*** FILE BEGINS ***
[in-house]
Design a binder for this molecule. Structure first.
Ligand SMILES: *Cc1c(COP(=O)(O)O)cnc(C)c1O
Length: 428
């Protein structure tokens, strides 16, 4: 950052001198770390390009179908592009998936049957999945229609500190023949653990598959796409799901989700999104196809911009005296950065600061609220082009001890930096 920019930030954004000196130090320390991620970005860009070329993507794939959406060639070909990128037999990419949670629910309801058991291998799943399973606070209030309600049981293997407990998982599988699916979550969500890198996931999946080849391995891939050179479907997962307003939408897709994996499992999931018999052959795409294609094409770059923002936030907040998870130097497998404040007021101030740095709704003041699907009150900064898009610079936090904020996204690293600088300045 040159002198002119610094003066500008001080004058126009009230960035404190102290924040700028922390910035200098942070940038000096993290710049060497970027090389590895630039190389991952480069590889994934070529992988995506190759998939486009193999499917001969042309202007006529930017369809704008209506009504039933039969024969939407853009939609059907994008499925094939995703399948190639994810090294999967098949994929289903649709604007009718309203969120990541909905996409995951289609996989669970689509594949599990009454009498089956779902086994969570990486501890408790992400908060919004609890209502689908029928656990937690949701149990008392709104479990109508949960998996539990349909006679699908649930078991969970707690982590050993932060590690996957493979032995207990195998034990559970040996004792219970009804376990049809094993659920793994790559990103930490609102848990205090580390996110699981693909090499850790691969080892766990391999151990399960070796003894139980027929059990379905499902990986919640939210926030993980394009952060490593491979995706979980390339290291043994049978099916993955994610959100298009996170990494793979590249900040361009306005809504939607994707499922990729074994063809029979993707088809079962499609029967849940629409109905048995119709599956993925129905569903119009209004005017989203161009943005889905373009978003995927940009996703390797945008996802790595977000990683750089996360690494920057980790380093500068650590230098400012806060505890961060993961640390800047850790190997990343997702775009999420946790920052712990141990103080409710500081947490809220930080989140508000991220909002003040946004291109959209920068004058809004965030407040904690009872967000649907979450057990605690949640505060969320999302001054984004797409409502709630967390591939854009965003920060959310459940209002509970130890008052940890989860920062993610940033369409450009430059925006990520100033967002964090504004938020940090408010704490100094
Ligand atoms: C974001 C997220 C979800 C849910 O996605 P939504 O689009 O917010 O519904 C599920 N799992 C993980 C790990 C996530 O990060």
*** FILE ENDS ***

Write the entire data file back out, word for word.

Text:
[in-house]
Design a binder for this molecule. Structure first.
Ligand SMILES: *Cc1c(COP(=O)(O)O)cnc(C)c1O
Length: 428
């Protein structure tokens, strides 16, 4: 950052001198770390390009179908592009998936049957999945229609500190023949653990598959796409799901989700999104196809911009005296950065600061609220082009001890930096 920019930030954004000196130090320390991620970005860009070329993507794939959406060639070909990128037999990419949670629910309801058991291998799943399973606070209030309600049981293997407990998982599988699916979550969500890198996931999946080849391995891939050179479907997962307003939408897709994996499992999931018999052959795409294609094409770059923002936030907040998870130097497998404040007021101030740095709704003041699907009150900064898009610079936090904020996204690293600088300045 040159002198002119610094003066500008001080004058126009009230960035404190102290924040700028922390910035200098942070940038000096993290710049060497970027090389590895630039190389991952480069590889994934070529992988995506190759998939486009193999499917001969042309202007006529930017369809704008209506009504039933039969024969939407853009939609059907994008499925094939995703399948190639994810090294999967098949994929289903649709604007009718309203969120990541909905996409995951289609996989669970689509594949599990009454009498089956779902086994969570990486501890408790992400908060919004609890209502689908029928656990937690949701149990008392709104479990109508949960998996539990349909006679699908649930078991969970707690982590050993932060590690996957493979032995207990195998034990559970040996004792219970009804376990049809094993659920793994790559990103930490609102848990205090580390996110699981693909090499850790691969080892766990391999151990399960070796003894139980027929059990379905499902990986919640939210926030993980394009952060490593491979995706979980390339290291043994049978099916993955994610959100298009996170990494793979590249900040361009306005809504939607994707499922990729074994063809029979993707088809079962499609029967849940629409109905048995119709599956993925129905569903119009209004005017989203161009943005889905373009978003995927940009996703390797945008996802790595977000990683750089996360690494920057980790380093500068650590230098400012806060505890961060993961640390800047850790190997990343997702775009999420946790920052712990141990103080409710500081947490809220930080989140508000991220909002003040946004291109959209920068004058809004965030407040904690009872967000649907979450057990605690949640505060969320999302001054984004797409409502709630967390591939854009965003920060959310459940209002509970130890008052940890989860920062993610940033369409450009430059925006990520100033967002964090504004938020940090408010704490100094
Ligand atoms: C974001 C997220 C979800 C849910 O996605 P939504 O689009 O917010 O519904 C599920 N799992 C993980 C790990 C996530 O990060």